this is a page for

Monthly Archives: April 2017

Character profiles – 9 writing tips

Lots of people write fiction. Some people write it very well. People also write for different reasons: some for themselves, some for their children, and others for a wider audience. One of the key components of any good fiction, and something all writers of this genre will have to learn to master, is character. So, whether you’re writing for yourself, writing for an audience or just perfecting your skills, here’s a few things you can try to get you started (or to add a bit of depth to your existing character profile). 1) Visualise, source or draw your character ideas This might sound silly to some of you but seeing your character can be a great…

The Maze Runner by James Dashner:Review

It’s taken a long time for me to write a review for this one because I wasn’t completely sure how I felt about it. I posted it as one of my favourite reads of the year on Instagram in 2016 but honestly I’d read less than 10 books that year. Title: The Thousandth Floor     [&hellip…

Wolves in BC

Something a bit different today. Me, Taylor and our friend Jack went to the Northern Lights Wolf Centre on the outskirts of Golden, BC and I just felt like writing a little something about our time there. So here’s a crash-course on the fabulous creatures, inarticulately stitched together from the scraps of information I retained. The drive along Highway 1 from Revelstoke to Golden was full of spectacular views and beautiful scenery which was a pretty awesome start to the journey. I’ve always been a lover of animals (especially of the canine variety) so it was an exciting ride and the driving views in BC completely enhance any trip. Wolf- Socialisation We arrived just on…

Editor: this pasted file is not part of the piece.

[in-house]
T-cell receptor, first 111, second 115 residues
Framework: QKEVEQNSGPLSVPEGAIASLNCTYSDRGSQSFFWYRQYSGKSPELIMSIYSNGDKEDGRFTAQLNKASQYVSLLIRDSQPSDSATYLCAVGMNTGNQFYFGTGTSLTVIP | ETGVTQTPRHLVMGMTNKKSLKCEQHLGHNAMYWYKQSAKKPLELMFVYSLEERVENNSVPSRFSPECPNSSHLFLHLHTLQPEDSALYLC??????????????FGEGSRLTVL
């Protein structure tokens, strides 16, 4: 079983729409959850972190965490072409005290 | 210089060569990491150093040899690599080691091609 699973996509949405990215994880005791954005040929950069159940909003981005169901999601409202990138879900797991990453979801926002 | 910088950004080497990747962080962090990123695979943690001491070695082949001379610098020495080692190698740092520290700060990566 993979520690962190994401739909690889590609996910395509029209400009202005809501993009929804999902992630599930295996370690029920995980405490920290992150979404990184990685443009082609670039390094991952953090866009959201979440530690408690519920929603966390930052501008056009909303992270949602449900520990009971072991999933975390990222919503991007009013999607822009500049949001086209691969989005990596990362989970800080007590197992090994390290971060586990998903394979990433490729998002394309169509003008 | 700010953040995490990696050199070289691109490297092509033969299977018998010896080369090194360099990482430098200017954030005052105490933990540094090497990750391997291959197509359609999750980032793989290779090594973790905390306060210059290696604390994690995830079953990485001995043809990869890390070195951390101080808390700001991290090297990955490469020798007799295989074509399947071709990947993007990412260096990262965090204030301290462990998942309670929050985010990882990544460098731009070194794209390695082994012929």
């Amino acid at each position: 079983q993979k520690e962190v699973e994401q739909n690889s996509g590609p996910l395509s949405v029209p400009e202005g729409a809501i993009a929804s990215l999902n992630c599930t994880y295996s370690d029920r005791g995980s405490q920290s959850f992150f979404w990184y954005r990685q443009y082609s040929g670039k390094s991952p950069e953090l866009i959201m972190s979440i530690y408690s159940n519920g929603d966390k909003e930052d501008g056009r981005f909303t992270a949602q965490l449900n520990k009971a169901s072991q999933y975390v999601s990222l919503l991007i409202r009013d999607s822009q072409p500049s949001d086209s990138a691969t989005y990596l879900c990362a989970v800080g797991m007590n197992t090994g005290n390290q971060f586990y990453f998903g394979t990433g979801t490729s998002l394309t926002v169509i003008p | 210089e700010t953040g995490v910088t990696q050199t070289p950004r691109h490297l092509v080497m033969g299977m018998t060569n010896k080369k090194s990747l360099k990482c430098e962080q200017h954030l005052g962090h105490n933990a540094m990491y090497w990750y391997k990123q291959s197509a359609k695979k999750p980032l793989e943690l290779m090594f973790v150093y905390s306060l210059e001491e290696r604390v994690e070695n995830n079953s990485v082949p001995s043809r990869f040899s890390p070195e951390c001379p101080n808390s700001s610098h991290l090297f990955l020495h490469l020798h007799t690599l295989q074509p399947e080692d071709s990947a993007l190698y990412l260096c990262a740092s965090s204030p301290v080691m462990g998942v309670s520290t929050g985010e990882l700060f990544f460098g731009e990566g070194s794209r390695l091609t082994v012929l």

My reading list

The ‘to-be-read’ list is a mysterious, and uncontrollable thing – it is for me anyway. It’s a many-tentacled monster, growing relentlessly every day. Because of this I’m going to share a few of my reading targets with you – I’m hoping that if I make a list of some of them and share it publicly, I’ll have a better chance of actually getting to a few more than I otherwise might.  Anna Karenina – by Leo Tolstoy This one has been one I’ve wanted to tackle for a good few years but it only resurfaced on my tbr a few weeks ago when I discovered…

The Casual Vacancy by J.K.Rowling: Review

Something a bit different to the usual genre today. It’s been a while since I finished a book and this one did take me a bit longer to get through than a lot of what I’ve been reading recently (though that isn’t necessarily a bad thing). Last month I read only J.K. Rowling novels and I held on to The Casual Vacancy way into the month of April. Title: The Casual  Vacancy                                        Author: J. K. Rowling                                             Date published: September 27th 2012     Pages: 503 Summary:  When Barry Fairbrother dies in his early forties, the town of Pagford is left in shock. Pagford is, seemingly, an English idyll, with a cobbled market square and an…

Genre glue and getting unstuck

On Friday we talked about readers who consume exclusively Young-Adult literature. It’s a good thing to have a favourite genre; specialism is a fabulous thing and is precisely how we get really, really good at the things we love. However, if you’ve got yourself genre stuck and are wanting to experience something a bit different (but maybe aren’t sure where to start) here’s a few handy tips for changing your ways and finding future favourites you never knew existed. I first started thinking about genre in my second year of University; I took a science fiction module because I didn’t fancy anything else that semester. I’d never…

Adults who read YA fiction

“Read whatever you want. But you should feel embarrassed when what you’re reading was written for children.” – Ruth Graham @ Slate.com So, there may be a lot of you out there (past the teenage years and charging into adulthood) who were a little offended by the above statement and enjoy sitting down with books like Divergent,  The Fault in Our Stars, Illuminae and A Court of Thorns and Roses. Well, according to Ruth Graham – a regular contributor to the Slate.com site, we shouldn’t be doing that to ourselves and we are “better than that.” Now I’m not saying she’s not entitled to her opinion but there…